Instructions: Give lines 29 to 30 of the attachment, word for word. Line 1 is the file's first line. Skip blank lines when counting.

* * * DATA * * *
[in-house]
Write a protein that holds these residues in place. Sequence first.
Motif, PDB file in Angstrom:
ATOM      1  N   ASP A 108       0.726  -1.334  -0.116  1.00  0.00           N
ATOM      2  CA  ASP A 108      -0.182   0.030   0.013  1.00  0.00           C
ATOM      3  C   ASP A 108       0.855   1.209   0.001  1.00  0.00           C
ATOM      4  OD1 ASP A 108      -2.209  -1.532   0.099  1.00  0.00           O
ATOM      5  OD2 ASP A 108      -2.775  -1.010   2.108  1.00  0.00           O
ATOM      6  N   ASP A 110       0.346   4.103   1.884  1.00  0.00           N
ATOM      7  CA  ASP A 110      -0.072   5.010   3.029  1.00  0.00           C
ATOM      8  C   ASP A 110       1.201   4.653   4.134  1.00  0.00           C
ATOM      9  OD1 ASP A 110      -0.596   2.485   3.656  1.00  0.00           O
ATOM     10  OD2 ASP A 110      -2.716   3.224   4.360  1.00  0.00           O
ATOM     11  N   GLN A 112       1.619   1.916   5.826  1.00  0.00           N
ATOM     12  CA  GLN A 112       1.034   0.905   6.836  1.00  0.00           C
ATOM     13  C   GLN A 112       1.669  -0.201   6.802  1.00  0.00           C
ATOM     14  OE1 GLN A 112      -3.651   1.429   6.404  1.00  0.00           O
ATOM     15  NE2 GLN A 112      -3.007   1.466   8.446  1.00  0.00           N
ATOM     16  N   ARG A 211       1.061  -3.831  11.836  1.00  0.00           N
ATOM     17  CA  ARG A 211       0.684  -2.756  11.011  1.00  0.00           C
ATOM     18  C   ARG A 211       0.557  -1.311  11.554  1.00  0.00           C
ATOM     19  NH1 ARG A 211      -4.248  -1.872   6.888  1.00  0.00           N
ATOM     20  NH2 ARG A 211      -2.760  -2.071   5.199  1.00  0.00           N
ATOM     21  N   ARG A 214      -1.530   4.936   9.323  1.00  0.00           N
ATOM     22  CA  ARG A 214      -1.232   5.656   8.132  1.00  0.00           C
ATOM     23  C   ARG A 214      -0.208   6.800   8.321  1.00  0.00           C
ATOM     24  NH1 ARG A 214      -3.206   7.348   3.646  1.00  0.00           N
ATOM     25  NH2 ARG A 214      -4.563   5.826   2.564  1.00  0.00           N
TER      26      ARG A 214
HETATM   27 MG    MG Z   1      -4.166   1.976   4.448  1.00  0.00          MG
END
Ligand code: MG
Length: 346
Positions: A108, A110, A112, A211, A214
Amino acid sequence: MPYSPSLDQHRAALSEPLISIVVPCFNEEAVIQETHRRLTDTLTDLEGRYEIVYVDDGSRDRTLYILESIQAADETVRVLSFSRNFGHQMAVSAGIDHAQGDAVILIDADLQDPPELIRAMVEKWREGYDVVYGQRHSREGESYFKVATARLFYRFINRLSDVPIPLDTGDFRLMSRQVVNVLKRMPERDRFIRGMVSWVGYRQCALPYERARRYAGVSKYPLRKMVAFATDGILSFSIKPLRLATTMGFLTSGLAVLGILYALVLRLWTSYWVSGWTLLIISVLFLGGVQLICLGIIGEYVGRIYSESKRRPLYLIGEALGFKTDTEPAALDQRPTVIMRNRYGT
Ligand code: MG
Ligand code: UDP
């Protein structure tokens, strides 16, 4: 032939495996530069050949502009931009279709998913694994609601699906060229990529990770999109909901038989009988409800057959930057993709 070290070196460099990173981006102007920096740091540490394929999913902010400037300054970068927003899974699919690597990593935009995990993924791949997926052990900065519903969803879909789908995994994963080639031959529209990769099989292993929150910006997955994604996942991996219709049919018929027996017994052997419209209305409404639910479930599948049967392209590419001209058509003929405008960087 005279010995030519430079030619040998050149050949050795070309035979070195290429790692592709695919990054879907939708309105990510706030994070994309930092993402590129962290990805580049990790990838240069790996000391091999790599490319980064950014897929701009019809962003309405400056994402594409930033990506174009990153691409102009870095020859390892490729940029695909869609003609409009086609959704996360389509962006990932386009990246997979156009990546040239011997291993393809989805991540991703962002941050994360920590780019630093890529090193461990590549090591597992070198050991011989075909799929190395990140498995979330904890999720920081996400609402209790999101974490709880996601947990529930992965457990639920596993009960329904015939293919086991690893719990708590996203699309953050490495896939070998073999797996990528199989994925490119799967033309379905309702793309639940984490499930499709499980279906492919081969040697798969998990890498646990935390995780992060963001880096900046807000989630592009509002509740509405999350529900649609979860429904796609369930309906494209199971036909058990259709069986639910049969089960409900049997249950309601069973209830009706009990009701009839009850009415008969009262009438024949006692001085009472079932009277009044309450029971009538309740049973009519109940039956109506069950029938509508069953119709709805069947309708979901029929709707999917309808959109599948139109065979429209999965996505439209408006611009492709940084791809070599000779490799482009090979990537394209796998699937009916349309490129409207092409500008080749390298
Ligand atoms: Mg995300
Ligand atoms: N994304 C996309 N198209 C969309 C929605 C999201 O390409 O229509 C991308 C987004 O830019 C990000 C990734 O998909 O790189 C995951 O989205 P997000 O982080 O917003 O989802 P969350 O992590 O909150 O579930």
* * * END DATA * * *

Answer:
TER      26      ARG A 214
HETATM   27 MG    MG Z   1      -4.166   1.976   4.448  1.00  0.00          MG